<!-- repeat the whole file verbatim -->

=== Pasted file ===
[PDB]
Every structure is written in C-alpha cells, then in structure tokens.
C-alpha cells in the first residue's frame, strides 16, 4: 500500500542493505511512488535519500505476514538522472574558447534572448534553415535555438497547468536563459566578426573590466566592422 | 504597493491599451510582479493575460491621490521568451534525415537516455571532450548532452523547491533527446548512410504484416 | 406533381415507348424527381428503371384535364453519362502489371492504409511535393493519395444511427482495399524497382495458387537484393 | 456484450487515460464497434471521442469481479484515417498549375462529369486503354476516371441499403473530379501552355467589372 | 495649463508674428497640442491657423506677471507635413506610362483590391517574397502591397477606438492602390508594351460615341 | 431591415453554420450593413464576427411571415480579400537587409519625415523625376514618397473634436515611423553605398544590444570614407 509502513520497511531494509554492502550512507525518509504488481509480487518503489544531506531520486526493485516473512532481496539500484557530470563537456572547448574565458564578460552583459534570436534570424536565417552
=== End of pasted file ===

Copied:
[PDB]
Every structure is written in C-alpha cells, then in structure tokens.
C-alpha cells in the first residue's frame, strides 16, 4: 500500500542493505511512488535519500505476514538522472574558447534572448534553415535555438497547468536563459566578426573590466566592422 | 504597493491599451510582479493575460491621490521568451534525415537516455571532450548532452523547491533527446548512410504484416 | 406533381415507348424527381428503371384535364453519362502489371492504409511535393493519395444511427482495399524497382495458387537484393 | 456484450487515460464497434471521442469481479484515417498549375462529369486503354476516371441499403473530379501552355467589372 | 495649463508674428497640442491657423506677471507635413506610362483590391517574397502591397477606438492602390508594351460615341 | 431591415453554420450593413464576427411571415480579400537587409519625415523625376514618397473634436515611423553605398544590444570614407 509502513520497511531494509554492502550512507525518509504488481509480487518503489544531506531520486526493485516473512532481496539500484557530470563537456572547448574565458564578460552583459534570436534570424536565417552